Flavanols May Improve Age-Related Memory Loss

November 12, 2014 · Posted in Potential Treatments · Comment 

cocoa beans

Flavanols, which are found in small amounts in raw cocoa, tea leaves, fruits, and vegetables, may be able to improve age-related memory loss. The normal process by which chocolate is made removes all flavanols from cocoa, but the Mars Inc. company recently developed a process to isolate flavanol in powder form.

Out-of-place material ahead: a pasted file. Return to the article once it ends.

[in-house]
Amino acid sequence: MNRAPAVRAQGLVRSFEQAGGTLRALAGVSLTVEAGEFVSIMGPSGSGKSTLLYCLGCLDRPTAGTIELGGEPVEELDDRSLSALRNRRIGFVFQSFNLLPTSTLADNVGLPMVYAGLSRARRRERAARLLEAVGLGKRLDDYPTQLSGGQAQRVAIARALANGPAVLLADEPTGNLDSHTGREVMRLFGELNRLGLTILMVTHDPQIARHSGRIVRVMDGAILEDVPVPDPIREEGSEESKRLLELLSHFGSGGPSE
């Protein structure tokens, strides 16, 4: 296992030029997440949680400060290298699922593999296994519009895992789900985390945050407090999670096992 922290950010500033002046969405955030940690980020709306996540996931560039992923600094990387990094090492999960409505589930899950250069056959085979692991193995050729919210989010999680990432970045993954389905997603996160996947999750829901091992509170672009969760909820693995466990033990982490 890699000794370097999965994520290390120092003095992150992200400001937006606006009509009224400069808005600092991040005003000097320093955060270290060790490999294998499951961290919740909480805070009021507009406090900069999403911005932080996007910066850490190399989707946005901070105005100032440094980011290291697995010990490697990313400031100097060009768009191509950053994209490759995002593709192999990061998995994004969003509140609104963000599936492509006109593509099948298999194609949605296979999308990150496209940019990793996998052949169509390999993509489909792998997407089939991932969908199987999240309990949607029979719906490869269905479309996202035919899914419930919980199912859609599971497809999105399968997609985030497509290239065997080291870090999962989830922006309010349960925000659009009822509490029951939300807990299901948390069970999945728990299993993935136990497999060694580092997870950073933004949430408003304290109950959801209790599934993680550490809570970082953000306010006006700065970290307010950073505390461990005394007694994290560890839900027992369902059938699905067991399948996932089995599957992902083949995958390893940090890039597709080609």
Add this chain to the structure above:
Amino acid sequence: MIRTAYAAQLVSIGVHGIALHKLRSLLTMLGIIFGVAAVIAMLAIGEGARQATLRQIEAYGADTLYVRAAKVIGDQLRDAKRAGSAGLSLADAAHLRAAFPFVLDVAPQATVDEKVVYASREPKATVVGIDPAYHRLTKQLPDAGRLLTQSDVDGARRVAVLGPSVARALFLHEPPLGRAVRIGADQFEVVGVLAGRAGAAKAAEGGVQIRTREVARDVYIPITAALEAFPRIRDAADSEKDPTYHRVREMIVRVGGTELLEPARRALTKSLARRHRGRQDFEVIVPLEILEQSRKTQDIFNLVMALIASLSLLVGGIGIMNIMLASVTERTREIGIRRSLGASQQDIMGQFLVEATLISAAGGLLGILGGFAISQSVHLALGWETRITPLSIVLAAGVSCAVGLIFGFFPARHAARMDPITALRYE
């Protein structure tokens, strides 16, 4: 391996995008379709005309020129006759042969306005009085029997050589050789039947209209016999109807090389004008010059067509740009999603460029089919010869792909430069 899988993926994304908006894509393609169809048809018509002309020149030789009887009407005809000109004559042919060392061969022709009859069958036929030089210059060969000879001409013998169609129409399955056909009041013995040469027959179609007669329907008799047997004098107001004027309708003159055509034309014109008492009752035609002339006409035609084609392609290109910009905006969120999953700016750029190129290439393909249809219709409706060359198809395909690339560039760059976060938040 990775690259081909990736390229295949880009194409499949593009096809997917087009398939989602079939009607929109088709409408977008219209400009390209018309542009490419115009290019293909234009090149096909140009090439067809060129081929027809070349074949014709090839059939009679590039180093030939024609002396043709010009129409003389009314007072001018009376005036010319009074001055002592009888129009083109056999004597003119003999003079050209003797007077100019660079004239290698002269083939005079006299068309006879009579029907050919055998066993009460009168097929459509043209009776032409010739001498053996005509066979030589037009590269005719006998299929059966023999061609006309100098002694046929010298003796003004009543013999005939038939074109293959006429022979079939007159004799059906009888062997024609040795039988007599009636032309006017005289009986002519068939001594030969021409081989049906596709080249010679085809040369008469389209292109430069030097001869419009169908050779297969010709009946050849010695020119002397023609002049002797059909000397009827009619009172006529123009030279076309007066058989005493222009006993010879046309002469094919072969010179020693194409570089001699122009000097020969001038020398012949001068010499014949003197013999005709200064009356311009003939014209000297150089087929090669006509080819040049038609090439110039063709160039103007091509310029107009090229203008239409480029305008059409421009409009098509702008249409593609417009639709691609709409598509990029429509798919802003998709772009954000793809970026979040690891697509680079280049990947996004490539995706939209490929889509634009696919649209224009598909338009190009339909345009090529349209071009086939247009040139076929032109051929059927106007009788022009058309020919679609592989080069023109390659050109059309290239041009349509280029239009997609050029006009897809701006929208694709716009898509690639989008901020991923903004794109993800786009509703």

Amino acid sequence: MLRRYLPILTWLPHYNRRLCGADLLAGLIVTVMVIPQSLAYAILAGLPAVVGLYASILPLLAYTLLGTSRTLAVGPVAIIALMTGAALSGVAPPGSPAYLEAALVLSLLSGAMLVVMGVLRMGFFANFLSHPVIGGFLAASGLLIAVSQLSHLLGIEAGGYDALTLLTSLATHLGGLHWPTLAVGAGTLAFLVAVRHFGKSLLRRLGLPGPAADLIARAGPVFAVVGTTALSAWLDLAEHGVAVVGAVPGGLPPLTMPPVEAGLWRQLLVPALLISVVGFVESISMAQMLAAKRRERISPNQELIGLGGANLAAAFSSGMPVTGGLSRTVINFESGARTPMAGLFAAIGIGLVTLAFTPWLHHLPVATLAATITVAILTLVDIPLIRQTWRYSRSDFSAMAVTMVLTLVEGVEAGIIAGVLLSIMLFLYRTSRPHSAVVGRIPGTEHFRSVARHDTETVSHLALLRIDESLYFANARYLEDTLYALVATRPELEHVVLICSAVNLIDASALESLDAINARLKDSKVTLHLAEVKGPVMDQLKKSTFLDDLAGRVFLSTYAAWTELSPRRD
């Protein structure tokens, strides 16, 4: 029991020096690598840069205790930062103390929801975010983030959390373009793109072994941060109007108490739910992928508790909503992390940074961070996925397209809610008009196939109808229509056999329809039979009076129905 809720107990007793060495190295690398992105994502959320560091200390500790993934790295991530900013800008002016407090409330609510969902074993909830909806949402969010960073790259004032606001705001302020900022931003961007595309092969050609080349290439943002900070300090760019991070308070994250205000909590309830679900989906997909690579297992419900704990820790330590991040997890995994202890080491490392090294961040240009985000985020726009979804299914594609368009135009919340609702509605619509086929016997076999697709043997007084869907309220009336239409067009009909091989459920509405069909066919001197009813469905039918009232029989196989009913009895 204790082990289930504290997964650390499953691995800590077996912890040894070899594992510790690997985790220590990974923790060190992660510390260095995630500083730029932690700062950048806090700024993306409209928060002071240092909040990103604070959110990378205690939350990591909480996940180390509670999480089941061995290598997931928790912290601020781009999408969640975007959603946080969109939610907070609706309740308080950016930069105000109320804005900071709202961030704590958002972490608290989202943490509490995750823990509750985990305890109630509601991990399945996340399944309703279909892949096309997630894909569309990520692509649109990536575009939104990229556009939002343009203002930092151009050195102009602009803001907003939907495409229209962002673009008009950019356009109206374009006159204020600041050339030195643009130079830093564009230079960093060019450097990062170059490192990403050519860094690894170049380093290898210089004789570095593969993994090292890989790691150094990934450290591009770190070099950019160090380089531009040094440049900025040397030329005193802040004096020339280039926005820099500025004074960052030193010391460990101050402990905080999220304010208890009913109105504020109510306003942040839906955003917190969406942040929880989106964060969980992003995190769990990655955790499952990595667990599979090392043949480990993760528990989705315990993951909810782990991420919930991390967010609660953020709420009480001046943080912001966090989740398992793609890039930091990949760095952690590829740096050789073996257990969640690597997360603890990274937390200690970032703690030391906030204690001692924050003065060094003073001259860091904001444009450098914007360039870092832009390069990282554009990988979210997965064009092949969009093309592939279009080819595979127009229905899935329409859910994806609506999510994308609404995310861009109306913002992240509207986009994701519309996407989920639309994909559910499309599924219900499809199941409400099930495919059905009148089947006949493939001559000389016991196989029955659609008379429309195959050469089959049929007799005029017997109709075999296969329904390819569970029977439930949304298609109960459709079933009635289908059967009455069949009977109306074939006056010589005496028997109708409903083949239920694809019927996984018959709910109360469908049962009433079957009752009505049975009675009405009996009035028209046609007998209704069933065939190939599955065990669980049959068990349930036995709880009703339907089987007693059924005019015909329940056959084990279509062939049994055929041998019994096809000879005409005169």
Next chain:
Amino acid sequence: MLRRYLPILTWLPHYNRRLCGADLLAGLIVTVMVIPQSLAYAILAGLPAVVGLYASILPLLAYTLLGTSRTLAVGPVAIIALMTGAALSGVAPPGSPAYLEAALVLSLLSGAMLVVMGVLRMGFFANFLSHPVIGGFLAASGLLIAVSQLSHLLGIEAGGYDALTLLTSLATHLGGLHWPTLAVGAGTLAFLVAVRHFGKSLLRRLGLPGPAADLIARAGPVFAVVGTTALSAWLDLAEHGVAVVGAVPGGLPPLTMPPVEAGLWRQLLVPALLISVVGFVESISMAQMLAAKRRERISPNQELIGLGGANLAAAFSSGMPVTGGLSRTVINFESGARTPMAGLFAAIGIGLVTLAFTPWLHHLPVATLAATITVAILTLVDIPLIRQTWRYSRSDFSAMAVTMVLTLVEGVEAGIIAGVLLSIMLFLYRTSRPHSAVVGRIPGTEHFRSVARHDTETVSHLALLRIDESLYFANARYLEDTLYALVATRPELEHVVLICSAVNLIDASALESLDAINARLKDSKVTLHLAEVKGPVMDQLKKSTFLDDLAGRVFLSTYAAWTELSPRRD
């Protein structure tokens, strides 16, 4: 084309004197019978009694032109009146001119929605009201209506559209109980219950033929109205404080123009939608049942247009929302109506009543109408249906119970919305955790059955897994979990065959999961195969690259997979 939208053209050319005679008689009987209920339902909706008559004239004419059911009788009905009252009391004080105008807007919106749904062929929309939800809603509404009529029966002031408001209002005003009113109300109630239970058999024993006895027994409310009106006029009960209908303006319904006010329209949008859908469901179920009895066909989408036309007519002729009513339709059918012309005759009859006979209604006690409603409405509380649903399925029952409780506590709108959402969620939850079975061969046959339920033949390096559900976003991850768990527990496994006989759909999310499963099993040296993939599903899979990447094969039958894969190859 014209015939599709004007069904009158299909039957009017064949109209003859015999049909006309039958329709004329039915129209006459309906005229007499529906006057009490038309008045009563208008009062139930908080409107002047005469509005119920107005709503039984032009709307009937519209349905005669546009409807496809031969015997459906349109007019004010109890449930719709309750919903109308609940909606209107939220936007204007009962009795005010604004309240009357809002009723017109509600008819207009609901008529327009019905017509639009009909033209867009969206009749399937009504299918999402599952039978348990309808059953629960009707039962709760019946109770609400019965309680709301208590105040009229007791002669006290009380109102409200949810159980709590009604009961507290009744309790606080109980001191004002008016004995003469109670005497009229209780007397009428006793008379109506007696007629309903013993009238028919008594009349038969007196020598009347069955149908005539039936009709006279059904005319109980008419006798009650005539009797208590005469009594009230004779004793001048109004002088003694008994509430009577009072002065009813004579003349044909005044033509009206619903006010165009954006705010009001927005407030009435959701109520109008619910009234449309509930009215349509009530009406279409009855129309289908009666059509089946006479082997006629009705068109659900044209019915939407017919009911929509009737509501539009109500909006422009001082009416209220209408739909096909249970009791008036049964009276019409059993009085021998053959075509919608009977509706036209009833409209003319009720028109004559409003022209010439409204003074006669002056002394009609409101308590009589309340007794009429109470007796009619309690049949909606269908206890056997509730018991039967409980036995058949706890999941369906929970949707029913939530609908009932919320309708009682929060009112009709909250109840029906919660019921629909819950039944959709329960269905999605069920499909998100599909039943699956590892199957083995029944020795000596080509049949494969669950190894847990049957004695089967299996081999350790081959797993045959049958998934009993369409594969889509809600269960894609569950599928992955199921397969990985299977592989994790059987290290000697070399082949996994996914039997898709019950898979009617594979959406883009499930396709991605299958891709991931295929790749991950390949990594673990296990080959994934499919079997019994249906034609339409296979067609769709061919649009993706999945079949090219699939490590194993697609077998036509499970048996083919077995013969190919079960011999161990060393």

In a 2014 study by Scott Small et al. in Nature Neuroscience, of 37 participants between the ages of 50 and 69, those who were randomized to a high-flavanol diet (900mg per day, from drinking the powder mixed with water or milk) over a three-month period showed more improvement on a memory test than those participants who were randomized to a low-flavanol diet (10mg per day). The high-flavanol group both scored higher than the other group at the end of the study and showed more improvement relative to their own abilities at the start of the study. Small said that after three months of taking the flavanols, someone who began with a typical memory for a 60-year-old developed a memory more like a 30- or 40-year-old. The high-flavanol group also showed improvement in function in a part of the hippocampus called the dentate gyrus.